Verd Requiem (Soldan/Peters) Chicago/Price recording
Nr. 1 Requiem [8:34]
Nr. 2a. Dies irae [2:21]
Nr. 2b. Tuba-mirum, Mors-stupedit [3:05]
Nr. 2c. Liber-scriptus [4:54]
Nr. 2e. Rex-tremendae [3:36]
Nr. 2h. Confutatis [5:35]
Nr. 2i. Lacrymosa [6:01]
p65 644-665 [1:32]
3. offertorio mp4 [16:17]
Nr. 4. Sanctus [2:41]
Nr. 5. Agnus Dei [4:22]
6. lux-aeterna mp4 [6:18]
Nr. 7. Libera me [13:13]
p132 222-262 [0:47]
p135 276-292 [0:26]
p139 330-350 [0:28]
- The Complete Guide to Verdi's Requiem (22:20)
- NPR: verdis-requiem-an-opera-in-disguise
- La Jolla Symphony and Chorus (video)
- Muti l'Orchestra della Scala di Milano (1995 Movie Live)
- Muti, Pavarotti (Warner - Naxos library )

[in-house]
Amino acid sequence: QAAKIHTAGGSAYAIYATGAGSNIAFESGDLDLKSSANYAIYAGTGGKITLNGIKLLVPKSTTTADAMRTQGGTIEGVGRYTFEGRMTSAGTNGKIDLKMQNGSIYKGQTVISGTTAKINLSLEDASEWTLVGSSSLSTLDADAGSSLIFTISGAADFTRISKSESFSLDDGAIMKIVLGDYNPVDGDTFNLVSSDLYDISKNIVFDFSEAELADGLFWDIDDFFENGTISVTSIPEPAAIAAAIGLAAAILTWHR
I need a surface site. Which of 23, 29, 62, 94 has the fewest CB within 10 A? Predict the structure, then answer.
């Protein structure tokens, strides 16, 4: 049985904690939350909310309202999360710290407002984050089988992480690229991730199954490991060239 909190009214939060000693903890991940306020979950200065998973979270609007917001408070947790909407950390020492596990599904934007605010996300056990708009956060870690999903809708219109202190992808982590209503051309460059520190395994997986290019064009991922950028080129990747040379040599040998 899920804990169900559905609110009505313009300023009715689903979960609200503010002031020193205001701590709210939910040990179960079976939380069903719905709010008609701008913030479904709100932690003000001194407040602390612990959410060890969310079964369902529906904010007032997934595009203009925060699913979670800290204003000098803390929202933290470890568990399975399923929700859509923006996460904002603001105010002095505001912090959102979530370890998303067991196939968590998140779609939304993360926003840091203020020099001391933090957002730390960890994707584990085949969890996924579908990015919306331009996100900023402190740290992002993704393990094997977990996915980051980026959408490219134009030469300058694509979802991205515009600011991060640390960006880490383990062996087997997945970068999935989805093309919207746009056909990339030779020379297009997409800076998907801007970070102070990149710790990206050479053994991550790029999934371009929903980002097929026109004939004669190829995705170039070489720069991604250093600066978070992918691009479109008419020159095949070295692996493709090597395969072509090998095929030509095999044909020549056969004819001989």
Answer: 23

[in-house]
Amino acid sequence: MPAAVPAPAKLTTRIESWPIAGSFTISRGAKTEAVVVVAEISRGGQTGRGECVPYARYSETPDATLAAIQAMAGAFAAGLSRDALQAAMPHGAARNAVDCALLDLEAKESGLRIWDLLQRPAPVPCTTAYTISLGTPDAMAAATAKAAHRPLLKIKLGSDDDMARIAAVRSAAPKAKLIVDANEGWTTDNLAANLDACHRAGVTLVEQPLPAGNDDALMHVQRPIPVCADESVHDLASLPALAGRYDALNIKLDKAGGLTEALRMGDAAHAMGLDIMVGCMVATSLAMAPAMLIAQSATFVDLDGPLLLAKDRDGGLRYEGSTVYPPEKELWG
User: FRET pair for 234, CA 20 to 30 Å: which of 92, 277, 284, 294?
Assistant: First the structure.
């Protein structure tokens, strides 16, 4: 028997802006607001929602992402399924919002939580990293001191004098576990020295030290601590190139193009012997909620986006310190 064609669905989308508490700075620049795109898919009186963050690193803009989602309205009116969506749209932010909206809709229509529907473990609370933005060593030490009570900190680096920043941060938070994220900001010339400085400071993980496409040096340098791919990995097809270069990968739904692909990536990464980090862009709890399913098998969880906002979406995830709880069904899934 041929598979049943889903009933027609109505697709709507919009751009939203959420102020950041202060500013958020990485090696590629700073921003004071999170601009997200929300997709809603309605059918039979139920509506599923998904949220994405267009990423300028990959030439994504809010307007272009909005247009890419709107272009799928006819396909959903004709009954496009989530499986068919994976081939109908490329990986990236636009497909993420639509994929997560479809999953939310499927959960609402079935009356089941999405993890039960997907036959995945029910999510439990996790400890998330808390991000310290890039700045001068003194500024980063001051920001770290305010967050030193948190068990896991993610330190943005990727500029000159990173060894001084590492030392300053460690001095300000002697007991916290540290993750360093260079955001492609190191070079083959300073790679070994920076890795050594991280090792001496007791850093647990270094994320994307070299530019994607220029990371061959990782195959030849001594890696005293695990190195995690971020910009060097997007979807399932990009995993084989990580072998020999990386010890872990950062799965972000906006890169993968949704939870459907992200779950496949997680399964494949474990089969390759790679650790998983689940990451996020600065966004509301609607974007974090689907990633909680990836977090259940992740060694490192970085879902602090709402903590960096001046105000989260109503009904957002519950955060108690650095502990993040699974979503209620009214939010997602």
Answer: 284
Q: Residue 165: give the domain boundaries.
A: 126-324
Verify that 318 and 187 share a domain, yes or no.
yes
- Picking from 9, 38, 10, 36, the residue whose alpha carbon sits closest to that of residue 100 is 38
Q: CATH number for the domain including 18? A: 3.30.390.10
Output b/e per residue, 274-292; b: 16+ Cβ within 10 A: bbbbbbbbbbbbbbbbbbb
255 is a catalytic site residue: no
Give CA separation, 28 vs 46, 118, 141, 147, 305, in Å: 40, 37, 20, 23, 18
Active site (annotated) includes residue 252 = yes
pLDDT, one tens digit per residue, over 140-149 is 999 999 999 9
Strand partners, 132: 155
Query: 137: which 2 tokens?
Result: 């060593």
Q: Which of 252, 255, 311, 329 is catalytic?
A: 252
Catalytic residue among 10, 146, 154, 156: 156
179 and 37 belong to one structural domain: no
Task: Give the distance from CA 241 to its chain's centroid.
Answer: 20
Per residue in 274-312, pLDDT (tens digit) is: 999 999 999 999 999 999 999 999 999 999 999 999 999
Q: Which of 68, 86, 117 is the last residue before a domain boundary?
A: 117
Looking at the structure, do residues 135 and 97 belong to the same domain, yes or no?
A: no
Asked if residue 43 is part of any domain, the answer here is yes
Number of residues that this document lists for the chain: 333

It's always great to get feedback and guidance. For example, it's a great help to make small files that cover only a few measures in difficult sections. Then you can replay, replay, replay and replay easily. But I need to know where are challenges in parts other than mine.
If you accross errors or deficiencies or just have recommendations please let me know:
Possible value of using recordings to study choral pieces:
1. Makes us more aware of dynamic and tempo modulation
2. Find pitches, esp. in close or disharmonies.
3. Practice diction.
4. Practice finding entrances, becoming familiar with musical cues.
5. Figure out how to best count.
6. Enough repetition as we need to memorize special sections.
7. Become familiar with the piece while looking at the score on line so we don't get lost during orchestral sections.
8. Familiarity enables us to more easily keep an eye on the conductor.
9. It's really easy to repeat sections as many times as we need.
10. Geting intimate exposure to solos and the rest of the piece.